As you’ve glanced around the gym in between your third and fourth sets – wishing it was all over – you may have noticed our strength standards table on the (fricking amazing) chalk board. The purpose of this table is to give you all some guidance as to where you should be when it comes to strength in relation to your bodyweight and to emphasise how important strength is for everyone (men, women and children) as ultimately, strong things don’t break. Strong bodies mean greater consistency in the gym, which transcends into the achievement of your fitness and health goals if we are training more.
Most of you have been given instruction for where we want you get to in relation to your relative strength. That this process for some might take up to 6-12 months or even longer. What we want to avoid is putting everyone on a Procrustean bed. According to Greek mythology, Procrustes was an evil character that would promise a ‘perfectly fitting bed’ to tired and unsuspecting, travellers. However, instead of fitting the bed to the traveller, he would cut off the limbs of his guest or stretch them out, so that the traveller would fit the bed.
Why use such a graphic analogy? Sometimes we can get caught up in standards of where everyone should and should not be, and with that notion we prescribe the same plan for everyone, foolishly expecting them all to get the same results without any sort of individualisation. This can lead to a variety of problems and ultimately, lack of interest and motivation when the goals expected of you aren’t accomplished. At least we aren’t back in ancient Greek times where you may have lost limbs to fit a bed.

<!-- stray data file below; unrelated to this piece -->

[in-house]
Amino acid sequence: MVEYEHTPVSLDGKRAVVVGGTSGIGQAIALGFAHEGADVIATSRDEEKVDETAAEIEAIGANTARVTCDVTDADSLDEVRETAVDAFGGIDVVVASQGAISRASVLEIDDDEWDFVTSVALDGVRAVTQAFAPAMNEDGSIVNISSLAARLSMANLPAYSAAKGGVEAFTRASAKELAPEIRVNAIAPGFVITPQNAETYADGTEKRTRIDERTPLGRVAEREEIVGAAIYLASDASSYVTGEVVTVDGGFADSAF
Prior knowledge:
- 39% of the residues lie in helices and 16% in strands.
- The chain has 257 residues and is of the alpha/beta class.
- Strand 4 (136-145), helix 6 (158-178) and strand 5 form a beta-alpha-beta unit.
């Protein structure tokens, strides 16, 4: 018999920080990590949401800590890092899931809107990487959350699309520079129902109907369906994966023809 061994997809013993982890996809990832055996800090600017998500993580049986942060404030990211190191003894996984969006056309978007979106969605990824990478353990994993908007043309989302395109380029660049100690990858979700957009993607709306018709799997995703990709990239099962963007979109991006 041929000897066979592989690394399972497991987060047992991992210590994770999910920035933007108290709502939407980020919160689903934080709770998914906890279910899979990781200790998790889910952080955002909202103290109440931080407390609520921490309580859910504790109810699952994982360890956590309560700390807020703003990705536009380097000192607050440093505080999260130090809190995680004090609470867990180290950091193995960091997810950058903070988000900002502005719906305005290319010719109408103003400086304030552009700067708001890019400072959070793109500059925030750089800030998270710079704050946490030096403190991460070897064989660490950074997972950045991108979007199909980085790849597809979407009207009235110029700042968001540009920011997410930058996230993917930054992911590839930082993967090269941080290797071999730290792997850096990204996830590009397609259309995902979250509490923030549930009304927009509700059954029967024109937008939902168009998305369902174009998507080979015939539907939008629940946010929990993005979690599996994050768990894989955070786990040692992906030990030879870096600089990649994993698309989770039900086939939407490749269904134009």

There are many variables that may restrict people from getting to specific targets, from injury and genetics to (a very underrated) joint angle (moment arm). These all play a significant role in how strong/fit people can be. We’re not saying we can’t be strong, we’re just saying that sometimes it takes people different time frames to get there depending on the blueprint we have been given.
Here are a few examples where testing sometimes doesn’t transpire into great performers or athletes: Nathan Hindmarsh, George smith and Cristiano Ronaldo.
Nathan Hindmarsh was constantly last in most of the aerobic testing drills, definitely wasn’t the strongest either, but he constantly out-tackled everyone in his team week-in week-out putting up extraordinary numbers representing NSW and Australia many times.
George Smith was the ACT Brumbies Rugby Union captain and also the most capped Australian Test rugby player in history of the Wallabies. George Smith was always one of the worst performing players when it came to fitness and strength standards. But he became arguably Australia’s best rugby player of all time.
Cristiano Ronaldo has been quoted as saying “I don’t do strength training because it slows me down.” While we won’t point out the scientific inaccuracies in this statement – he just won his second Ballon D’or prize for the best football player in the world!
These players may have found testing or strength protocols already prescribed unnatural and not motivating and they need game-specific conditions in order to perform at their best. So having uniform standards for everyone isn’t an absolute finality.
So what does this all mean for you? Where does this put us with our strength standards? We have been educating you all about getting to specific standards and the closer we are to getting those standards, the more likely we are not going to get injured, get leaner etc: this still stands. However, we have to understand that not everyone will adapt uniformly and therefore any strength gain, regardless of how you get there, is a positive and will ultimately reduce ailments associated with being weak. As a coach and a gym goer; even we push standards just remember these concepts and don’t fall into being pulled apart on a Procrustean bed. Strength and fitness must be individualised and any improvement is exactly what it is, improvement and you should be proud of this achievement. This, in itself, may just be the motivation you need to get to the next level.